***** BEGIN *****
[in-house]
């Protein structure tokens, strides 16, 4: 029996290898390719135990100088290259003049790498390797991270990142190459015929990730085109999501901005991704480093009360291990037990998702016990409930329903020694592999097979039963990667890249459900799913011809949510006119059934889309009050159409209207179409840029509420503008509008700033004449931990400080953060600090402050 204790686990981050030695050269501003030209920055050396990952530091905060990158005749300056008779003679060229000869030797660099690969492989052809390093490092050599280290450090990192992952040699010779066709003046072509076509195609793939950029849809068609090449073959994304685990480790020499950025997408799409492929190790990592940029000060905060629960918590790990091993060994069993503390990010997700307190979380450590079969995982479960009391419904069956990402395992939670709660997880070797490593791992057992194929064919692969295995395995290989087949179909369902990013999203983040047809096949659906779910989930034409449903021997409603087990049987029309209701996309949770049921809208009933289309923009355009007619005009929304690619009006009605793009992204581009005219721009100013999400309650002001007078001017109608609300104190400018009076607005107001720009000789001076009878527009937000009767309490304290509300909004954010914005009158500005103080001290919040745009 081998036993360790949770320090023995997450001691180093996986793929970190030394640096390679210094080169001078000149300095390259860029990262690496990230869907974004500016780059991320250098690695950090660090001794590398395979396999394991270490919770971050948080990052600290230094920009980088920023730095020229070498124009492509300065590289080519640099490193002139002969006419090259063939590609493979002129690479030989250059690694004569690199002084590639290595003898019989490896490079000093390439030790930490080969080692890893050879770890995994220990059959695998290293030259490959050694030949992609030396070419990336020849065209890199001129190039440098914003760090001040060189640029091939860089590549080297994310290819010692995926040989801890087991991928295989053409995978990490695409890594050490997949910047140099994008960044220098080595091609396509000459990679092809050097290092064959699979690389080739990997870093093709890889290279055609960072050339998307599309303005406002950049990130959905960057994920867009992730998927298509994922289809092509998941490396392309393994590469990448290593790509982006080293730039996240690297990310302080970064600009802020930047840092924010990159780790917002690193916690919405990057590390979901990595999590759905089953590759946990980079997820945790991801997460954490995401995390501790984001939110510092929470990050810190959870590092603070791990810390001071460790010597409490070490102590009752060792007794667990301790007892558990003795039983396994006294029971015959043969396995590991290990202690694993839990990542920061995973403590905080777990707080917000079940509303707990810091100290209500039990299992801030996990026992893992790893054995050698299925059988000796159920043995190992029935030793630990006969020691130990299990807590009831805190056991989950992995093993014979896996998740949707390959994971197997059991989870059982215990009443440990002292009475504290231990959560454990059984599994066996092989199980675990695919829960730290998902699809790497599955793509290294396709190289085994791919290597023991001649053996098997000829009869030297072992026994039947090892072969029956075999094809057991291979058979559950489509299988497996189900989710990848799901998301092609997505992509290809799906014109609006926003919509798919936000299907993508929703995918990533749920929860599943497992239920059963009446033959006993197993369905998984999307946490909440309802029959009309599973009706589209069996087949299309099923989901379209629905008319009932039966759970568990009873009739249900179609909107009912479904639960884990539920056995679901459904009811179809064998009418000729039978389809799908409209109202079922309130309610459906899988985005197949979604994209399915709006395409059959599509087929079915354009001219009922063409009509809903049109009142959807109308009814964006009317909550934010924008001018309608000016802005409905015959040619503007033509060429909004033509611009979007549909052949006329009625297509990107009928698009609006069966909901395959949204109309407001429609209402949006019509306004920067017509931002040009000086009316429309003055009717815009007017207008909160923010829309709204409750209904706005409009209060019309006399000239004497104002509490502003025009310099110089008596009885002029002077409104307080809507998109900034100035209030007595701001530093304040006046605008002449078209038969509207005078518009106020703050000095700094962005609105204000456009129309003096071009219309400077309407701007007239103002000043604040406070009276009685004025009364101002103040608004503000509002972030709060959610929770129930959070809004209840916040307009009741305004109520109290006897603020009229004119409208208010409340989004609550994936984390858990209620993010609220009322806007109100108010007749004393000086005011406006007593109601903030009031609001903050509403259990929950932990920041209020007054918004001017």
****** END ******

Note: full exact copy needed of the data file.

[in-house]
């Protein structure tokens, strides 16, 4: 029996290898390719135990100088290259003049790498390797991270990142190459015929990730085109999501901005991704480093009360291990037990998702016990409930329903020694592999097979039963990667890249459900799913011809949510006119059934889309009050159409209207179409840029509420503008509008700033004449931990400080953060600090402050 204790686990981050030695050269501003030209920055050396990952530091905060990158005749300056008779003679060229000869030797660099690969492989052809390093490092050599280290450090990192992952040699010779066709003046072509076509195609793939950029849809068609090449073959994304685990480790020499950025997408799409492929190790990592940029000060905060629960918590790990091993060994069993503390990010997700307190979380450590079969995982479960009391419904069956990402395992939670709660997880070797490593791992057992194929064919692969295995395995290989087949179909369902990013999203983040047809096949659906779910989930034409449903021997409603087990049987029309209701996309949770049921809208009933289309923009355009007619005009929304690619009006009605793009992204581009005219721009100013999400309650002001007078001017109608609300104190400018009076607005107001720009000789001076009878527009937000009767309490304290509300909004954010914005009158500005103080001290919040745009 081998036993360790949770320090023995997450001691180093996986793929970190030394640096390679210094080169001078000149300095390259860029990262690496990230869907974004500016780059991320250098690695950090660090001794590398395979396999394991270490919770971050948080990052600290230094920009980088920023730095020229070498124009492509300065590289080519640099490193002139002969006419090259063939590609493979002129690479030989250059690694004569690199002084590639290595003898019989490896490079000093390439030790930490080969080692890893050879770890995994220990059959695998290293030259490959050694030949992609030396070419990336020849065209890199001129190039440098914003760090001040060189640029091939860089590549080297994310290819010692995926040989801890087991991928295989053409995978990490695409890594050490997949910047140099994008960044220098080595091609396509000459990679092809050097290092064959699979690389080739990997870093093709890889290279055609960072050339998307599309303005406002950049990130959905960057994920867009992730998927298509994922289809092509998941490396392309393994590469990448290593790509982006080293730039996240690297990310302080970064600009802020930047840092924010990159780790917002690193916690919405990057590390979901990595999590759905089953590759946990980079997820945790991801997460954490995401995390501790984001939110510092929470990050810190959870590092603070791990810390001071460790010597409490070490102590009752060792007794667990301790007892558990003795039983396994006294029971015959043969396995590991290990202690694993839990990542920061995973403590905080777990707080917000079940509303707990810091100290209500039990299992801030996990026992893992790893054995050698299925059988000796159920043995190992029935030793630990006969020691130990299990807590009831805190056991989950992995093993014979896996998740949707390959994971197997059991989870059982215990009443440990002292009475504290231990959560454990059984599994066996092989199980675990695919829960730290998902699809790497599955793509290294396709190289085994791919290597023991001649053996098997000829009869030297072992026994039947090892072969029956075999094809057991291979058979559950489509299988497996189900989710990848799901998301092609997505992509290809799906014109609006926003919509798919936000299907993508929703995918990533749920929860599943497992239920059963009446033959006993197993369905998984999307946490909440309802029959009309599973009706589209069996087949299309099923989901379209629905008319009932039966759970568990009873009739249900179609909107009912479904639960884990539920056995679901459904009811179809064998009418000729039978389809799908409209109202079922309130309610459906899988985005197949979604994209399915709006395409059959599509087929079915354009001219009922063409009509809903049109009142959807109308009814964006009317909550934010924008001018309608000016802005409905015959040619503007033509060429909004033509611009979007549909052949006329009625297509990107009928698009609006069966909901395959949204109309407001429609209402949006019509306004920067017509931002040009000086009316429309003055009717815009007017207008909160923010829309709204409750209904706005409009209060019309006399000239004497104002509490502003025009310099110089008596009885002029002077409104307080809507998109900034100035209030007595701001530093304040006046605008002449078209038969509207005078518009106020703050000095700094962005609105204000456009129309003096071009219309400077309407701007007239103002000043604040406070009276009685004025009364101002103040608004503000509002972030709060959610929770129930959070809004209840916040307009009741305004109520109290006897603020009229004119409208208010409340989004609550994936984390858990209620993010609220009322806007109100108010007749004393000086005011406006007593109601903030009031609001903050509403259990929950932990920041209020007054918004001017």